Thursday, July 23, 2009

Last Ride: breaking the cycle



Last Ride is another quality Australian film from Madman.

This road movie moves inexorably to its dramatic, sad but inevitable ending.

Chook (Tom Russell) is a ten year old whose father Kev (Hugo Weaving) is teaching him about outback survival while on the run. Chook doesn’t quite get it. The kid doesn’t even know who Butch and Sundance were.

Kev tries hard to be the caring father but his history is against him. The cycle of physical and psychological abuse handed on from his own father is hard to break.

Kev reckons that he and Tom are mongrels. He fits both meanings of the word. His frustrations with the world and his son are habitually spoken through his fists. His attempts to do “his job” of looking after the kid always seem to backfire.

Much of the plot is either predictable or telegraphed (with the resolution neatly achieved with the help of its modern technological descendant). There are sub-themes that are not fully developed but very topical. Kev claims that his great grandfather was an Afghan camel driver and his great grandmother was a full-blood aborigine. This prepares us for important modern Muslim and indigenous encounters during their travels.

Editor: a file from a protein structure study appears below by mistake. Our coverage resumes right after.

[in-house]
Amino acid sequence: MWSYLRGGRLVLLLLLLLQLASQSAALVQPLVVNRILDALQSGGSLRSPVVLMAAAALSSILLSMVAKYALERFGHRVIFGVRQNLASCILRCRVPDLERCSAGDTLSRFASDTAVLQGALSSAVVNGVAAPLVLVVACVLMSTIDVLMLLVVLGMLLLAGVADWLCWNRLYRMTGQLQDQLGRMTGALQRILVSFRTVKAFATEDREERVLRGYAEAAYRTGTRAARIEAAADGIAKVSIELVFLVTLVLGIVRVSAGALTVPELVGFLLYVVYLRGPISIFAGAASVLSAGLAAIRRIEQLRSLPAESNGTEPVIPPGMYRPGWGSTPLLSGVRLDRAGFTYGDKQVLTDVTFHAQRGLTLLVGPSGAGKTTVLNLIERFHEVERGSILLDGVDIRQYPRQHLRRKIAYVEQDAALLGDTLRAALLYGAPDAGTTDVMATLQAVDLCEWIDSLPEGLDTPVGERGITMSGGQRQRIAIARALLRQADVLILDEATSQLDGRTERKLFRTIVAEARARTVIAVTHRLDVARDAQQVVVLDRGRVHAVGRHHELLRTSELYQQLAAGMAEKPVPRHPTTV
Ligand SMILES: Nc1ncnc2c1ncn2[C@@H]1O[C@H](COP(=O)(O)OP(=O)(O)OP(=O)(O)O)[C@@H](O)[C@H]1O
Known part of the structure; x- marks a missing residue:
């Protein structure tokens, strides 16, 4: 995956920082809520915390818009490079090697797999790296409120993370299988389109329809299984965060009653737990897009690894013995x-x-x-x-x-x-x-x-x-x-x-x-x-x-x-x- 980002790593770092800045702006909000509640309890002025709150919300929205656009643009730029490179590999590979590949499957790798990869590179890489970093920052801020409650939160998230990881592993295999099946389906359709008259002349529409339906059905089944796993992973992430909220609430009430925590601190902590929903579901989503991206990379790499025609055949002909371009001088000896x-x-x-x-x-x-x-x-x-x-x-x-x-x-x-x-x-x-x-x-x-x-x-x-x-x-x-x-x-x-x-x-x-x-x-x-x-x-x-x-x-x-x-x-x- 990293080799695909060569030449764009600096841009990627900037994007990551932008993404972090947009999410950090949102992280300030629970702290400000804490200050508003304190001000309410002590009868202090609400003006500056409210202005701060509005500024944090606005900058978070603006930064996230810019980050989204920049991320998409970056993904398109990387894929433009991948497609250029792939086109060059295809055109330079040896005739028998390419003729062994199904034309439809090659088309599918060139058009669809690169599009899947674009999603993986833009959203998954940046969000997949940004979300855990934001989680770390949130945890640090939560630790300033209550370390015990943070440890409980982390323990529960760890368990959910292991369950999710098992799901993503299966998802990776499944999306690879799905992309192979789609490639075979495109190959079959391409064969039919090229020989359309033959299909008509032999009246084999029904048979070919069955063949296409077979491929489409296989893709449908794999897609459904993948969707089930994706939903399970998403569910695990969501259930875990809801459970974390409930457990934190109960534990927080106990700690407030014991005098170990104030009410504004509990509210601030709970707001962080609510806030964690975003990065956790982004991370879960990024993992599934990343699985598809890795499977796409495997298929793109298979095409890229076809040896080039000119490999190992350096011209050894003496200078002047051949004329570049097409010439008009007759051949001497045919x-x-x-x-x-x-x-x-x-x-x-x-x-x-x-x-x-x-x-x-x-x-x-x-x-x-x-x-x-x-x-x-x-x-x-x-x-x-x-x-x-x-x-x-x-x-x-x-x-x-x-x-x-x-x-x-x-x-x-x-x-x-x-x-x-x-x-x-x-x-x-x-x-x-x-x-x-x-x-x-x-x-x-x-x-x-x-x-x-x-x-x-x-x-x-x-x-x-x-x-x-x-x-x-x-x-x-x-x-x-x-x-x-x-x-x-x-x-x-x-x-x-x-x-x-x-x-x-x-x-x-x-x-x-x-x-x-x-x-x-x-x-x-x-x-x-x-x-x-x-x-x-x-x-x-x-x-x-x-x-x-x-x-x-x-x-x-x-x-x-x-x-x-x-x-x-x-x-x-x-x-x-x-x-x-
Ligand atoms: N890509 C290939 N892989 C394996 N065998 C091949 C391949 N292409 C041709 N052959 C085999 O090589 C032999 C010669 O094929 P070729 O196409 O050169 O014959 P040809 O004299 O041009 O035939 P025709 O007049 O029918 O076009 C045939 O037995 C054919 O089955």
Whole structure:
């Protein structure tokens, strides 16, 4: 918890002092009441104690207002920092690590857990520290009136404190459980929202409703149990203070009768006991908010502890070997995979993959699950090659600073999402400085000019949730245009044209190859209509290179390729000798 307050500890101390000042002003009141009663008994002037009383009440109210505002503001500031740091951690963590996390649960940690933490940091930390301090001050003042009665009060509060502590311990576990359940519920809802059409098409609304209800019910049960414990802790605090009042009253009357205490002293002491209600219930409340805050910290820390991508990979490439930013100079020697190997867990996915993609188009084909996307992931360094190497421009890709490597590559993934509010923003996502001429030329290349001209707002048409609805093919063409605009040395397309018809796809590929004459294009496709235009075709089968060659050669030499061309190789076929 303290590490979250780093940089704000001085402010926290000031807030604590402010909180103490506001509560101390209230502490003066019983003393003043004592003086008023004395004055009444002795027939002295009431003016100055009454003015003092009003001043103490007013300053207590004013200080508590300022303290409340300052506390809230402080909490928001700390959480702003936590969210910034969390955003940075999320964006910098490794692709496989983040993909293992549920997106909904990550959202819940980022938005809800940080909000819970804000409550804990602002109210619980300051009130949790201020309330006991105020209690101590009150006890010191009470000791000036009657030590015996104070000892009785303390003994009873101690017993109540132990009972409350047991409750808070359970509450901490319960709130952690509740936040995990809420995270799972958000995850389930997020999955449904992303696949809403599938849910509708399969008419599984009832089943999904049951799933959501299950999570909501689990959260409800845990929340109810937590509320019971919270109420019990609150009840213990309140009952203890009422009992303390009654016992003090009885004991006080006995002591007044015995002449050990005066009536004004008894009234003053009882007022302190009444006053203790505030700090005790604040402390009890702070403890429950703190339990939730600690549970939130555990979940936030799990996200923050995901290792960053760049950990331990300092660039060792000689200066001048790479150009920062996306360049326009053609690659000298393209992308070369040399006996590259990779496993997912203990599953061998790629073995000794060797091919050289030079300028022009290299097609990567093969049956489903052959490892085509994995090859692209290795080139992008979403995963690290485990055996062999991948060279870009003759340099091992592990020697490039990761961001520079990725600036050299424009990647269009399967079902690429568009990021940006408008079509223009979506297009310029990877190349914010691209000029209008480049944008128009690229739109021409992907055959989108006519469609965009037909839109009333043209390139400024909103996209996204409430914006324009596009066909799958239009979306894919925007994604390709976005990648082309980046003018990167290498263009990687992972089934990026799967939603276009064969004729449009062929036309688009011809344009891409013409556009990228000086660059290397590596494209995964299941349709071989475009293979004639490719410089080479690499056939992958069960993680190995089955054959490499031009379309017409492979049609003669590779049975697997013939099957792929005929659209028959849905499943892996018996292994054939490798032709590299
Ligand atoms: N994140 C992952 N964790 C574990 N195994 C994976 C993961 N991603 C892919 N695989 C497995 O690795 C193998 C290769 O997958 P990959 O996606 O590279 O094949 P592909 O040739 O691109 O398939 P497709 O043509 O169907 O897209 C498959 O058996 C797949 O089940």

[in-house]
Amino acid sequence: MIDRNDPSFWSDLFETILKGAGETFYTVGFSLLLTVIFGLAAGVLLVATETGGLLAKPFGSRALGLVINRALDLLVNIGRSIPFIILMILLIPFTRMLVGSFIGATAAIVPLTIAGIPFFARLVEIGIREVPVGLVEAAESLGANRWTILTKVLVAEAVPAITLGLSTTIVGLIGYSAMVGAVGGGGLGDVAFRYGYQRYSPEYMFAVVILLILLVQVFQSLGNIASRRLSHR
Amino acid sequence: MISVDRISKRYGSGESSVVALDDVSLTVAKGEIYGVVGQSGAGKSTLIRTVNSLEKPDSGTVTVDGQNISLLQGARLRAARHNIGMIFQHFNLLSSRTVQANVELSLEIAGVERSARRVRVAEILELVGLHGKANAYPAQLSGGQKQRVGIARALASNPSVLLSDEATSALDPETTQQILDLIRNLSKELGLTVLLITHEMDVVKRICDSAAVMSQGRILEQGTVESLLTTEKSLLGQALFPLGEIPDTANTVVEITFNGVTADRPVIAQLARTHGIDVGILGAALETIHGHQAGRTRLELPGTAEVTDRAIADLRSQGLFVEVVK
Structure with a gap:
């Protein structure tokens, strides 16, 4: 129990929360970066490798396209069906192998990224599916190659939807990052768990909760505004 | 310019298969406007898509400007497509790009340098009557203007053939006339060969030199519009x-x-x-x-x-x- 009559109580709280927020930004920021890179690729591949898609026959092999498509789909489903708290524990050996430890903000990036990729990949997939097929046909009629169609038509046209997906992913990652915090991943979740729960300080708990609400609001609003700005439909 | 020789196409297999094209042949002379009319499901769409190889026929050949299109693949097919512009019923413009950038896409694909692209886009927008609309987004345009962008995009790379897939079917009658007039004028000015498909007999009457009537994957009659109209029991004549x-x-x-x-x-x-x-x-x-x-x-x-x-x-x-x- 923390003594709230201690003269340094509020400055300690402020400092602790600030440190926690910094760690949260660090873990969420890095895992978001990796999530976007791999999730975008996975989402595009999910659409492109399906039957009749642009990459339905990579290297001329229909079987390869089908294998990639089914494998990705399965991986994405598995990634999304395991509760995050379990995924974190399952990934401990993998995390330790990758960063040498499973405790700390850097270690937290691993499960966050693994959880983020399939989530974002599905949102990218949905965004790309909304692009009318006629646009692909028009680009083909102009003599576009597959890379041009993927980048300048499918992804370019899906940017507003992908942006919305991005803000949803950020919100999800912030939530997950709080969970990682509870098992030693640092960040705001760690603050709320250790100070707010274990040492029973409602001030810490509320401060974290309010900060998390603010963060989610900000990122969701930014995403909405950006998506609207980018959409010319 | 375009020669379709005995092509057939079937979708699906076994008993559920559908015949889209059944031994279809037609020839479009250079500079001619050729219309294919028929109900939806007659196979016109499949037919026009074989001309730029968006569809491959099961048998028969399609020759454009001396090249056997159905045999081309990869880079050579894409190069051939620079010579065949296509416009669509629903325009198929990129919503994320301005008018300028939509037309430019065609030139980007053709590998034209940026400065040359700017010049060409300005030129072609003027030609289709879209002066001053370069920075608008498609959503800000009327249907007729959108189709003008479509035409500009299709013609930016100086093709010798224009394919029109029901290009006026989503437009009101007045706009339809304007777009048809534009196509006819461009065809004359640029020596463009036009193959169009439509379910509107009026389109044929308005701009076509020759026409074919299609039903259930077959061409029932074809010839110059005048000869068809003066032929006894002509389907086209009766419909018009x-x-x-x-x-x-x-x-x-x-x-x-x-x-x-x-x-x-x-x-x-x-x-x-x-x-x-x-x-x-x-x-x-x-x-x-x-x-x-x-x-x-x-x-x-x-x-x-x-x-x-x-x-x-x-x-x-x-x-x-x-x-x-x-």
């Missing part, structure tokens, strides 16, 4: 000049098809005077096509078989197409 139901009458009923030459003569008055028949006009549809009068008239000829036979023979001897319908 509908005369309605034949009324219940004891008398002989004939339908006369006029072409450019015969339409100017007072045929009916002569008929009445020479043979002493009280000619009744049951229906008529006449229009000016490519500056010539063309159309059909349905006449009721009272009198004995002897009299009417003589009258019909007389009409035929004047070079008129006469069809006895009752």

Hugo Weaving is his usual effective self. Unfortunately he does not quite capture the character. His accent and attractive personal manner don’t fit the part of violent misfit living outside the law. True to recent performances by child actors, Tom Russell steals the film with an impressive follow-up to his role in Daniel. The rest of the cast are hard to fault.

Director Glendyn Ivin has presented a tight piece. The Flinders Ranges setting, which is beautifully photographed, is worth the price of the ticket. It’s one of Australia’s special places. The scenes driving across a salt lake covered with water are magic.

Graffiti at the start of the film tells us that “when Kooris rule… always bet on the black”. However, Kev’s gamble is bound to fail. In 21st Australia there is no place to hide in the outback. National Parks and caravan parks have replaced most of the remote camping spots. Kev's macho, Wild West view of life just doesn't work anymore.

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